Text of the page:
The university may elect not to pursue disciplinary sanctions for a violation of this policy against persons who voluntarily and in good faith provide information to the Dean of Students or an appropriate university official related to hazing.

The UNT Hazing policy can be found at

HIV/AIDS Education and Prevention Policy

Definitions: Student Employees—a student who is employed with a part-time job on the university campus while they are attending college classes.

Education: The university offers educational training programs on HIV/AIDS to students through the Student Health and Wellness Center. These programs are tailored to the cultural, educational, language and developmental needs of the target audience. In addition, the Student Health and Wellness Center will provide medical care for routine medical problems, psychiatric visits and referrals to any student desiring assistance with an HIV/AIDS related issue. Counseling sessions are also available through the Counseling and Testing Center.

Student rights: The existence of an HIV infection is not used to determine suitability for employment or for student admission unless current scientific data indicates that required activities may expose other to risk of transmission. No difference in treatment shall be accorded these individuals so long as they are able to meet established essential functions of the job or academic standards for the classes attended.

The university will comply with federal and state laws, regulations, and policies that protect the confidentiality of medical and educational records and with requirements for the reporting of certain test results or medical conditions to appropriate health authorities and others legally authorized to receive the information. Persons who are living with HIV/AIDS are not required to reveal their HIV/AIDS status to the university, however, they are urged to share this information on a confidential basis with the Student Health and Wellness Center. Health information about a student is personal and confidential and will be treated as such. Neither the University nor any student or employee, except as provided by law, shall disclose to anyone the identity of a person with HIV/AIDS without the person’s prior written consent. University employees with access to confidential information must maintain strict confidentiality and privacy, separating this information from personnel or student records. Individuals who fail to protect these employee and student rights commit a serious offense and are subject to disciplinary action including termination as well as both criminal and civil penalties.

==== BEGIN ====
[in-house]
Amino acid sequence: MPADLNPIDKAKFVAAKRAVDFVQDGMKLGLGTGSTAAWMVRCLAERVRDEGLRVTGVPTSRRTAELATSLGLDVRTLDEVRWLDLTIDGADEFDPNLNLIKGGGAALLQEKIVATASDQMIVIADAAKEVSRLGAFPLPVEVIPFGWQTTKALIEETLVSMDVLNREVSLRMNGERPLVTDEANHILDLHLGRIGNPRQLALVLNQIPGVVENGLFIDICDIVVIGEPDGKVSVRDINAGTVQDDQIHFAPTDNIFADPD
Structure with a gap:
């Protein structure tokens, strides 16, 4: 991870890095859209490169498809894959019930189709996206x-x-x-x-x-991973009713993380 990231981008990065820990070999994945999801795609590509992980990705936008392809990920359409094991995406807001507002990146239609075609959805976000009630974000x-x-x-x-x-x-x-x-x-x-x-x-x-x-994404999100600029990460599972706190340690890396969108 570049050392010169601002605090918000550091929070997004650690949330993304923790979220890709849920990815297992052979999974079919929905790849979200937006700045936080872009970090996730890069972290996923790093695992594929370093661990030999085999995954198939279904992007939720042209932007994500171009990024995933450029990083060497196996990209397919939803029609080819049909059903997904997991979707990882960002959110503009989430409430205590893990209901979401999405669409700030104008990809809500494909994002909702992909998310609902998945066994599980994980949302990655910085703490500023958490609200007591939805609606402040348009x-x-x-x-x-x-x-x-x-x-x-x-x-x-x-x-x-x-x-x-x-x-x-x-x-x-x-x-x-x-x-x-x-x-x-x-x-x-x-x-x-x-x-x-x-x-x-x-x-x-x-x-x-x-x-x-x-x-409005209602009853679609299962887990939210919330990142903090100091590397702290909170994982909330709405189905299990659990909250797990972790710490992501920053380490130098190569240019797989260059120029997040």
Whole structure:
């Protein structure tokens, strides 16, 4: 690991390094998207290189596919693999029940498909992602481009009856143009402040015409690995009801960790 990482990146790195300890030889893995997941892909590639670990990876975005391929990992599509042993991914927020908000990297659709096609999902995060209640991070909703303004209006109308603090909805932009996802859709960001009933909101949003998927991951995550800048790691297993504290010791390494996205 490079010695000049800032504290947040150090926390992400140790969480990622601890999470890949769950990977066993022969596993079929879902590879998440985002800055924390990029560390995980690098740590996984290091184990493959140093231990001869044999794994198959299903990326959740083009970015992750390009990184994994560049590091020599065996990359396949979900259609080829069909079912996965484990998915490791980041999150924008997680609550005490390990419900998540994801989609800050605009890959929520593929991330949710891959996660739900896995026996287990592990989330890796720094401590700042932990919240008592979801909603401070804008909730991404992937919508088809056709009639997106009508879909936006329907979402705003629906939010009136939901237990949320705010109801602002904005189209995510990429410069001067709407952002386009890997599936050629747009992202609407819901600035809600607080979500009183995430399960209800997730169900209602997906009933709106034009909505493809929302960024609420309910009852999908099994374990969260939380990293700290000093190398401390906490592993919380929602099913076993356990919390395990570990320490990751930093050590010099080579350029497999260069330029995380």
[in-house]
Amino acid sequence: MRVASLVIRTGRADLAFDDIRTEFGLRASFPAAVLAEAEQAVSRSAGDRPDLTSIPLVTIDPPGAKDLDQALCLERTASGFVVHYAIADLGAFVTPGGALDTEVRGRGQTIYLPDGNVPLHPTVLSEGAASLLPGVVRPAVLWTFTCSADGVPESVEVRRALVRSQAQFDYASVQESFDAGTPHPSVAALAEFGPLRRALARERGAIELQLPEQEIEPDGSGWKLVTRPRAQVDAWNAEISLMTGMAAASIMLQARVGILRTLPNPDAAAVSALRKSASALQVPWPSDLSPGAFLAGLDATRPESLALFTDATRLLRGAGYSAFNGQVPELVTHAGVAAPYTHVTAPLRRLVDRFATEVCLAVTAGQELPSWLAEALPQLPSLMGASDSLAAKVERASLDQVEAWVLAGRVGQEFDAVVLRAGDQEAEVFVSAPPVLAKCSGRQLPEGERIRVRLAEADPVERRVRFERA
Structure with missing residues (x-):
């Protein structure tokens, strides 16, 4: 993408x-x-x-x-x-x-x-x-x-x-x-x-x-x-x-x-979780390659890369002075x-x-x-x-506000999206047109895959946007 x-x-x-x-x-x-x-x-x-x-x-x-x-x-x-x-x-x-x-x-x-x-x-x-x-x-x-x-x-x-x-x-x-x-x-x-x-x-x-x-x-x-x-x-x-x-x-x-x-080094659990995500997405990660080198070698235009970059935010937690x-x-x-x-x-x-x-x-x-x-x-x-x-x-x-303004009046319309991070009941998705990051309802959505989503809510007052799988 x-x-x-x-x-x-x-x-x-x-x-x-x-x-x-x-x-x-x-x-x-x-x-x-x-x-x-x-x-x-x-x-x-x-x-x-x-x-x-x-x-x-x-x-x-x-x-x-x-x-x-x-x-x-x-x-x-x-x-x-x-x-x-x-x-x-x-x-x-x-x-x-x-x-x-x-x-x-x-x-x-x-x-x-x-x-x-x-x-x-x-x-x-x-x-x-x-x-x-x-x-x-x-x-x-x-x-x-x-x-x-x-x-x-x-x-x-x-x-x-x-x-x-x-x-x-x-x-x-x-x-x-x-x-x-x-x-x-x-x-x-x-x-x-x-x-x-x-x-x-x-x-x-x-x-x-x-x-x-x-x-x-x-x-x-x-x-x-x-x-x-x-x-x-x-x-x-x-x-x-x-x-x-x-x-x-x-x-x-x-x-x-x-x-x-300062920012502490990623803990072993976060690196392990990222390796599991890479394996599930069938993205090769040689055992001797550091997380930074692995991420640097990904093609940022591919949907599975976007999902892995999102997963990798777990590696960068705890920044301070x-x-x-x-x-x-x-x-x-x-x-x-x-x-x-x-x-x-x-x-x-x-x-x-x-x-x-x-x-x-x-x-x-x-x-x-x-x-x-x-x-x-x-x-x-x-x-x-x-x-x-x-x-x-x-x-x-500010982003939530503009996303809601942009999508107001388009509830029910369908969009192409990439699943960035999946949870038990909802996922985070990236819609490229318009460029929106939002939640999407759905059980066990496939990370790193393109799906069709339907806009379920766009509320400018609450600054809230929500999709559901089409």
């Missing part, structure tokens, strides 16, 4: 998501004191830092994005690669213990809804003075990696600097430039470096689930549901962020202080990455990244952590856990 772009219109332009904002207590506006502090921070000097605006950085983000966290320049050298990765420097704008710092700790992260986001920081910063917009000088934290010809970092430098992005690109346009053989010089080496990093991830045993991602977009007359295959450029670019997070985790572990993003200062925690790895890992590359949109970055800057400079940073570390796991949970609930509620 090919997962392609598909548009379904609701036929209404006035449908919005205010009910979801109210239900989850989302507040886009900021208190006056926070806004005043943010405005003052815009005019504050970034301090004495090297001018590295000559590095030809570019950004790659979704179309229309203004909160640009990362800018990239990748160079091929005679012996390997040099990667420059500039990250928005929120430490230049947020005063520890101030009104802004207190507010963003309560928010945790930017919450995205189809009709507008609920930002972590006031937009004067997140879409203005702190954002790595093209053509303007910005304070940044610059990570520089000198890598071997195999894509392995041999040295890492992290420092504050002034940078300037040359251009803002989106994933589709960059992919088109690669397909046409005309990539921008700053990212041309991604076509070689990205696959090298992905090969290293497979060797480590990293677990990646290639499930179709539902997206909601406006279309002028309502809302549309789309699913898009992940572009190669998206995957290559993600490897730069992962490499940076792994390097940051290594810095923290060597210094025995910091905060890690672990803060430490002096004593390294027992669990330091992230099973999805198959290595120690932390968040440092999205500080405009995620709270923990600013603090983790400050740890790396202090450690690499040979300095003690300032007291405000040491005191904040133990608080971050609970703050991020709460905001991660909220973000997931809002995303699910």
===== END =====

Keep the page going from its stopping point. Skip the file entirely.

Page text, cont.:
The university residential housing staff will not exclude HIV-positive students from university housing, and will not inform other students that a person with HIV infection lives in university housing.

Dining Services

It’s About the Food. UNT Dining Services serves up affordable great-tasting food, made fresh daily from whole ingredients in our on-campus kitchens. With our 20+ Retail Restaurants, five Dining Halls, upscale dining restaurant, central bakery, hydroponic garden and Catering department, you’re never far from a great meal. Our award-winning food service program is part of the Menus of Change University Research Collaborative. As the largest employer on campus, Dining Services provides résumé-building job opportunities to more than 1,000 student employees. Learn more and find hours of operation—including late-night and weekend options —at, 940-565-2462 or